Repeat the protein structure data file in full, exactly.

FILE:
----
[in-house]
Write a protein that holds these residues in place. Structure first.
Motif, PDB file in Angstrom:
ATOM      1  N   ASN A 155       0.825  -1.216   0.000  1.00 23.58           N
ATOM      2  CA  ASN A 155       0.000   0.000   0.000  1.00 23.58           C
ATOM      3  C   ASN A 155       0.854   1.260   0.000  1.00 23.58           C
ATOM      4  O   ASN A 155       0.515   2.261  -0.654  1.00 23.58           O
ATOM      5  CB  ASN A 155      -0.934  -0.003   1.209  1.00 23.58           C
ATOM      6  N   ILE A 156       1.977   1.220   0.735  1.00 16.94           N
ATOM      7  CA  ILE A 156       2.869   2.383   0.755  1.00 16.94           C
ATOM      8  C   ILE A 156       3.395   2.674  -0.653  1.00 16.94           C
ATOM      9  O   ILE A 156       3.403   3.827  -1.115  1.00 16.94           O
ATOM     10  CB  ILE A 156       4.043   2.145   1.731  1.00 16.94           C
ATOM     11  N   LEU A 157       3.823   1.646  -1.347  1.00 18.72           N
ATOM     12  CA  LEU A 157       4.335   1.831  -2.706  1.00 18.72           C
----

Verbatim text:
[in-house]
Write a protein that holds these residues in place. Structure first.
Motif, PDB file in Angstrom:
ATOM      1  N   ASN A 155       0.825  -1.216   0.000  1.00 23.58           N
ATOM      2  CA  ASN A 155       0.000   0.000   0.000  1.00 23.58           C
ATOM      3  C   ASN A 155       0.854   1.260   0.000  1.00 23.58           C
ATOM      4  O   ASN A 155       0.515   2.261  -0.654  1.00 23.58           O
ATOM      5  CB  ASN A 155      -0.934  -0.003   1.209  1.00 23.58           C
ATOM      6  N   ILE A 156       1.977   1.220   0.735  1.00 16.94           N
ATOM      7  CA  ILE A 156       2.869   2.383   0.755  1.00 16.94           C
ATOM      8  C   ILE A 156       3.395   2.674  -0.653  1.00 16.94           C
ATOM      9  O   ILE A 156       3.403   3.827  -1.115  1.00 16.94           O
ATOM     10  CB  ILE A 156       4.043   2.145   1.731  1.00 16.94           C
ATOM     11  N   LEU A 157       3.823   1.646  -1.347  1.00 18.72           N
ATOM     12  CA  LEU A 157       4.335   1.831  -2.706  1.00 18.72           C